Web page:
Vocal quintet NorthStrong, who performed Katy Perry’s “Rise,” is one of the groups committed to raising social awareness. Earlier this year, these Lee’s Summit North students formed the group in response to the suicides of fellow students in 2017.
“We’d been talking about forming the group, but after the two deaths happened in our school, the idea was solidified,” said Dane Lackey, NorthStrong founder. “Our main goal is to bring about awareness of mental illness, suicide and bullying, so we can mitigate these problems and help save people’s lives through the power of music.
“Got Talent was a lot of fun for us. We were there to perform, show what we’d like to do for the community and have fun — and we had a lot of fun.”
Members of the group Clouds and Cannonfire also had fun performing the song, “This Is Me” from “The Greatest Showman.” Their energetic performance brought the audience to its feet.
The group won the evening’s top prize, a $3,000 scholarship from SMART Sheet Metal Workers Local Union No. 2.
“We’ve been playing together for a couple of years, but this was our first time to perform in a show setting,” said band member Cooper Carr. “I honestly didn’t know what to expect because there were so many talented acts. None of us came in expecting to win.
“The most important thing for us was to come and have fun together, but winning was a really cool surprise.”
2018 Lee’s Summit CARES Presents: Got Talent winners
$3,000 scholarship Grand Prize Award winners: Clouds and Cannonfire, a 7-piece band performing “This Is Me.”
$1,500 scholarship Crowd Pleaser Award winner: Kennedy Newell in a lyrical dance number “She Used to Be Mine.”
$1,000 scholarship Shining Star Award winner: Elaine Watson, in a vocal performance of “Brand New Me.”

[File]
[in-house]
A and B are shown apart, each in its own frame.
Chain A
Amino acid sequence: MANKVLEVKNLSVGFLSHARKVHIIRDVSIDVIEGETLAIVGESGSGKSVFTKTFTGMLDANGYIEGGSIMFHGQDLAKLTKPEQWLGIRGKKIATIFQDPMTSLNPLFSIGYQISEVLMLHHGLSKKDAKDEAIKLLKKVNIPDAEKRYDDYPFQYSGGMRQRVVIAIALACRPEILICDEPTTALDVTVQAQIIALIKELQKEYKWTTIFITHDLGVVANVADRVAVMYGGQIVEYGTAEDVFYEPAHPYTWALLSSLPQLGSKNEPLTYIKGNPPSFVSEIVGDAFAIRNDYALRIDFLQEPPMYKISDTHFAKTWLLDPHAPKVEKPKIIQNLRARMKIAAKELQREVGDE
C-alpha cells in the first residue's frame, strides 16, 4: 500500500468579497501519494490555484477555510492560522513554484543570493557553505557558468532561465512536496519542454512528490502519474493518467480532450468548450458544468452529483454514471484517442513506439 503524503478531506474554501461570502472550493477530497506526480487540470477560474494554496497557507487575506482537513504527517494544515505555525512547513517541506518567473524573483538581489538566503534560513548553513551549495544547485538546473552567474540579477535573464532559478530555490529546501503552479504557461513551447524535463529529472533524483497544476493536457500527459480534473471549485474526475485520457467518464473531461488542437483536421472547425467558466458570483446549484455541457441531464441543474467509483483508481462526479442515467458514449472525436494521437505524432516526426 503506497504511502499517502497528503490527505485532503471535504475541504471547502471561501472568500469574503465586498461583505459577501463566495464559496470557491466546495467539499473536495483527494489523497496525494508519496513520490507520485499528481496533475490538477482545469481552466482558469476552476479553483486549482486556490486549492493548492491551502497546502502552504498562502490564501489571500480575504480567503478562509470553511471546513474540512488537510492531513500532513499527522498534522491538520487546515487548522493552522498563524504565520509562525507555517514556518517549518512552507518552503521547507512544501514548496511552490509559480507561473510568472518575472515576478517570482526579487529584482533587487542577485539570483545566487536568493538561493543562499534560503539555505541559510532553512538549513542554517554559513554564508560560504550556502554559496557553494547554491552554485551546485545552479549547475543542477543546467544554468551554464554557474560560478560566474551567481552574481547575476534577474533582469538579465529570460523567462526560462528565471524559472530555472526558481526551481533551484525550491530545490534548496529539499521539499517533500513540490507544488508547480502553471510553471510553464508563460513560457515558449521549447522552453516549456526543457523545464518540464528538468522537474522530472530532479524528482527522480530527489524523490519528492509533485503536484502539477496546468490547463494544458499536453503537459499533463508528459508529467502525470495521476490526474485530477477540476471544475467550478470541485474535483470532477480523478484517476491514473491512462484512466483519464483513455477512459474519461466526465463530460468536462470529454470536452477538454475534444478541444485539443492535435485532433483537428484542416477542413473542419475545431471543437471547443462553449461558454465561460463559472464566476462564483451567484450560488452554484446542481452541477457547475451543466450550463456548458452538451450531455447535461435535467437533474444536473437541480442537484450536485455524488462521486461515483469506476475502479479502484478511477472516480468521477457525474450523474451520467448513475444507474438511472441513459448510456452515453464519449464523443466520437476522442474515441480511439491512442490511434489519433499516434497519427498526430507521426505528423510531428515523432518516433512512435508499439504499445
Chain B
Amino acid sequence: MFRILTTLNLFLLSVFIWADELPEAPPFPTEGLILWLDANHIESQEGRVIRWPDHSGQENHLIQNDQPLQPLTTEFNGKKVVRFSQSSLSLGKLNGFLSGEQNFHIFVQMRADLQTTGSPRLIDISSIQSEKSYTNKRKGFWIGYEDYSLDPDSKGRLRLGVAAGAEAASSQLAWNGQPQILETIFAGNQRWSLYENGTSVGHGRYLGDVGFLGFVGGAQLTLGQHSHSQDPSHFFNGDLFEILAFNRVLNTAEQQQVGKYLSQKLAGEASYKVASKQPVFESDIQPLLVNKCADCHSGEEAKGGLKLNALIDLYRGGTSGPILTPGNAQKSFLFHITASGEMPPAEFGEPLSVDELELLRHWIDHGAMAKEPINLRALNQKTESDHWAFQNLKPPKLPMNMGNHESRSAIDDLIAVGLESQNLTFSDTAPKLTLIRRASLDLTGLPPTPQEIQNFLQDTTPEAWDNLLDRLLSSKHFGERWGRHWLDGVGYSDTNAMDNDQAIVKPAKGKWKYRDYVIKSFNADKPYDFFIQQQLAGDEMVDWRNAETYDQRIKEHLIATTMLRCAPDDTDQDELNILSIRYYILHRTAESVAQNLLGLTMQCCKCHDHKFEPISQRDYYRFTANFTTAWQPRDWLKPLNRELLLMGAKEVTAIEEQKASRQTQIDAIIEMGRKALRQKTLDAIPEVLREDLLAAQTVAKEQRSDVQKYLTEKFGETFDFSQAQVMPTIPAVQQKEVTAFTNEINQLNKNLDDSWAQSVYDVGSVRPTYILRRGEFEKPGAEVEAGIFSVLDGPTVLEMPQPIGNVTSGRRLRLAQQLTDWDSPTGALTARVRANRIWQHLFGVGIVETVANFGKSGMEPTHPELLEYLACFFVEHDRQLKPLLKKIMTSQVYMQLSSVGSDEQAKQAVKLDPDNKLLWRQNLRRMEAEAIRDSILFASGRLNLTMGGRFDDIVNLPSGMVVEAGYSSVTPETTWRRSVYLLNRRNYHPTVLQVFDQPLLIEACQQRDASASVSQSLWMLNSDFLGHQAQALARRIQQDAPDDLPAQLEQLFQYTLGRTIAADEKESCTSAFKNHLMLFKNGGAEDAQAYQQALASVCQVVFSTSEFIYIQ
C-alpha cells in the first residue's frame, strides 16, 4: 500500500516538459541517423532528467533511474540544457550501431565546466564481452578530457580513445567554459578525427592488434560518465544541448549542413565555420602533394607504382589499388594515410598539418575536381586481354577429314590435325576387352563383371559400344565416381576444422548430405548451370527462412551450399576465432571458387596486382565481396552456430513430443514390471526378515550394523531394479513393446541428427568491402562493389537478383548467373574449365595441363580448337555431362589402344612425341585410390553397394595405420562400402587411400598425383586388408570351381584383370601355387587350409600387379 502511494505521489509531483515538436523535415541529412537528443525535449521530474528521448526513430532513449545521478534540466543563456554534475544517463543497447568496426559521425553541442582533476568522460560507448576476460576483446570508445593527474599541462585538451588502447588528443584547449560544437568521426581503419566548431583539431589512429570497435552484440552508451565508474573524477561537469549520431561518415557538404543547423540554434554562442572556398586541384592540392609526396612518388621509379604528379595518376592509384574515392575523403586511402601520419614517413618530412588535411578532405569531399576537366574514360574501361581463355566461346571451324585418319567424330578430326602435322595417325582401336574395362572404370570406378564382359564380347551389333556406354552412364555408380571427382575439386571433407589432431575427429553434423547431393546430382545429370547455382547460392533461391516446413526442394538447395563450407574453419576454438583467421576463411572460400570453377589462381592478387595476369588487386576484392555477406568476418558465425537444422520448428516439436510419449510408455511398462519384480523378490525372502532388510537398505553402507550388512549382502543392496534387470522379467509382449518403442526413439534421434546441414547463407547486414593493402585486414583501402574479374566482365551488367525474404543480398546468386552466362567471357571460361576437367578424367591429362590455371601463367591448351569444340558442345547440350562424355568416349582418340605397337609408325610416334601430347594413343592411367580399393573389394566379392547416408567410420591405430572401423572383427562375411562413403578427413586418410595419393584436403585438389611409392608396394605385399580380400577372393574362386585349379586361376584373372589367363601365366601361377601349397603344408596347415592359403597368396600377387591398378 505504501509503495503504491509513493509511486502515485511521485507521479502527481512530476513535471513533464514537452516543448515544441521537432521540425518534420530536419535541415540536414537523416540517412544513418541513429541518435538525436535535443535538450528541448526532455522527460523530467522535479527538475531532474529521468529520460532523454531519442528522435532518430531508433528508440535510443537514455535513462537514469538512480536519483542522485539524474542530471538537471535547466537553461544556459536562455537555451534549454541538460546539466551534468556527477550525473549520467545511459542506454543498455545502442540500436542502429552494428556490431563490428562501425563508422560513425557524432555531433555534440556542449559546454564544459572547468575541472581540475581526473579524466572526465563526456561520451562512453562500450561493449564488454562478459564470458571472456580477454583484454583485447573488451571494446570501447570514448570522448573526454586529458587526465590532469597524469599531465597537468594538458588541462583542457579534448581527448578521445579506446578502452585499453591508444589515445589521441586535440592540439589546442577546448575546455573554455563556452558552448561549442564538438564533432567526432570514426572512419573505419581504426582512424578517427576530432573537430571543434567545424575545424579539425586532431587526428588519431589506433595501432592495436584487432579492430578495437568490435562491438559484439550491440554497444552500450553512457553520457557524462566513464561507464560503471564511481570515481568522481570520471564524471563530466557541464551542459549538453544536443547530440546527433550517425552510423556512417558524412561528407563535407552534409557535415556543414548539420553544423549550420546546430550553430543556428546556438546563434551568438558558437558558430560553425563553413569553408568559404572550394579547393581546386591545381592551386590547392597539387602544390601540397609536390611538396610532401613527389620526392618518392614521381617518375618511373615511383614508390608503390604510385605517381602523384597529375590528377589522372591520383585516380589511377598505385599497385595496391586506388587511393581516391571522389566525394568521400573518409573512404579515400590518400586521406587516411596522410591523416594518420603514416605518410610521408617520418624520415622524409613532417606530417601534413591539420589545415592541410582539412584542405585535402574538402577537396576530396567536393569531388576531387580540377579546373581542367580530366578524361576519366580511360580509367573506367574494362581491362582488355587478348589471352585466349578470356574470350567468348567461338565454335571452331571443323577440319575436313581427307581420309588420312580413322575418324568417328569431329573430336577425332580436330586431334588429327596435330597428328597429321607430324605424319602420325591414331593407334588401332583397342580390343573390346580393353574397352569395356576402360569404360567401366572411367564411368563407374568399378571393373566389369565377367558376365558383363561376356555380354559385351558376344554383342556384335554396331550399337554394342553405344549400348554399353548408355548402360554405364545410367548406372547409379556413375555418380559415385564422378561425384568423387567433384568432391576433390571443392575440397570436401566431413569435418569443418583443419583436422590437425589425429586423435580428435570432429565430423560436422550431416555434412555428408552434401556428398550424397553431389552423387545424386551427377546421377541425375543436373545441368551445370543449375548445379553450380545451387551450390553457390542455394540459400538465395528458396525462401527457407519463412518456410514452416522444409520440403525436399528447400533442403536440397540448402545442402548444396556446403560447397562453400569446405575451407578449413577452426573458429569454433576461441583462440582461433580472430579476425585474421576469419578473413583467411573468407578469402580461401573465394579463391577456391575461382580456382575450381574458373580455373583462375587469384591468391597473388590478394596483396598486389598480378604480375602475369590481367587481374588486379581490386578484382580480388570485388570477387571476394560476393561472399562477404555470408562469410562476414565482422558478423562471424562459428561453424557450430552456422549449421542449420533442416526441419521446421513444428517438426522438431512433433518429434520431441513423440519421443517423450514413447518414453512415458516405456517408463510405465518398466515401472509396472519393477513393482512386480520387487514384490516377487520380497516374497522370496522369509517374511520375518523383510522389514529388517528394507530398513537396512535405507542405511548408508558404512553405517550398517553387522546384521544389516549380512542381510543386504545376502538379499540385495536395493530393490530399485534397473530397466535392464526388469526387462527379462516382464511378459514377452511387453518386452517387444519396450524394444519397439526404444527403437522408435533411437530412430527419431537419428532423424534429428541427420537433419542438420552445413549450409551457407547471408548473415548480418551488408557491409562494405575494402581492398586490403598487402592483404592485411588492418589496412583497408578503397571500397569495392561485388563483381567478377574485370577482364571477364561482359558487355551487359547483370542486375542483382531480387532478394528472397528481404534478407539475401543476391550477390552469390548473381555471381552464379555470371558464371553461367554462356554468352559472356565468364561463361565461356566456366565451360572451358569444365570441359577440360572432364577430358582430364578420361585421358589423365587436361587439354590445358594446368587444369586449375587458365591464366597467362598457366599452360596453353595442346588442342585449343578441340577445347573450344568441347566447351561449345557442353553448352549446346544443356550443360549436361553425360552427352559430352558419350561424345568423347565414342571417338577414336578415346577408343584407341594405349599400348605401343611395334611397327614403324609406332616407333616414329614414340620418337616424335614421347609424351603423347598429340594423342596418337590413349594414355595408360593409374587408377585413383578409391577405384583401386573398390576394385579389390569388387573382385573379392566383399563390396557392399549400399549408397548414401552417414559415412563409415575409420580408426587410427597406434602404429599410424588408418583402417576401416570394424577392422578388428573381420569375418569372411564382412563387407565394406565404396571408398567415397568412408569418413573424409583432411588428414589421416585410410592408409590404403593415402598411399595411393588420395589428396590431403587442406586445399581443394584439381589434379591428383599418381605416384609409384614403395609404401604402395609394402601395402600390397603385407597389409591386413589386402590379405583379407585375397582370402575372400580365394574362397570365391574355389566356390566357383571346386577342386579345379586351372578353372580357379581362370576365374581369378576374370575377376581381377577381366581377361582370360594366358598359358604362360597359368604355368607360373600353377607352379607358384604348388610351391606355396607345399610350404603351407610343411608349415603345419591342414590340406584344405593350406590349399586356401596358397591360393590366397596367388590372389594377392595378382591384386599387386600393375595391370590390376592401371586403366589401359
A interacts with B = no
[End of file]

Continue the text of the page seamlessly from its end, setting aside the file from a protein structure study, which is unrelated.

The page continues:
$500 scholarship Power Performer winner: Madison Grand and Allison Beech in a tap dance to “Pretty Young Thing.”
Vocalists: Alexa Boyd, Jaxie Smith, Neena Shankar, Elaine Watson, Jordin MacKenzie, Mia Sparks, Josephine Sibert, and the quintet NorthStrong.
Instrumentalists: Elizobette Cobler, ukulele, and Simeon Prusia, guitarist.
Dancers: Ziaira Griffin, Kennedy Newell, Madison Grant and Allison Beech, Lucy Hammontree, and Brea Hurst.
Additional acts: A Hula-Hoop routine performed by Paige Jones, a magic act by Preston Stein, and the band Clouds and Cannonfire.
In addition, Lee’s Summit High School advanced film students premiered their original short films while the audience and judges’ votes were being tallied. They were: Alyssa Eyre, Carly Roberts, Abby Collins, Nicole Jacobsen, Lily Smith, Hope Kelsey, Kendall Reuhling, Tia Shrout, John Abernathy, Jaclyn Berry, Mike Smith, Emma Oesterly, Sydnee McDonald, Jackson Brouillette, Abbey Lewis, and Isabel Howayek.
This year’s judges are all Lee’s Summit High School alumni:
Christina Burton, a singer, choreographer and UMKC instructor
Matt Lewis, an Elvis impersonator and executive producer of SimonWill Entertainment in Las Vegas
Steve Serrano, head of programming and on-air personality at Mix 93.3, as well as entertainment/music correspondent for Better KC on KCTV5.
Michael Dragen, actor and founding member of the Summit Theatre Group, was the event emcee.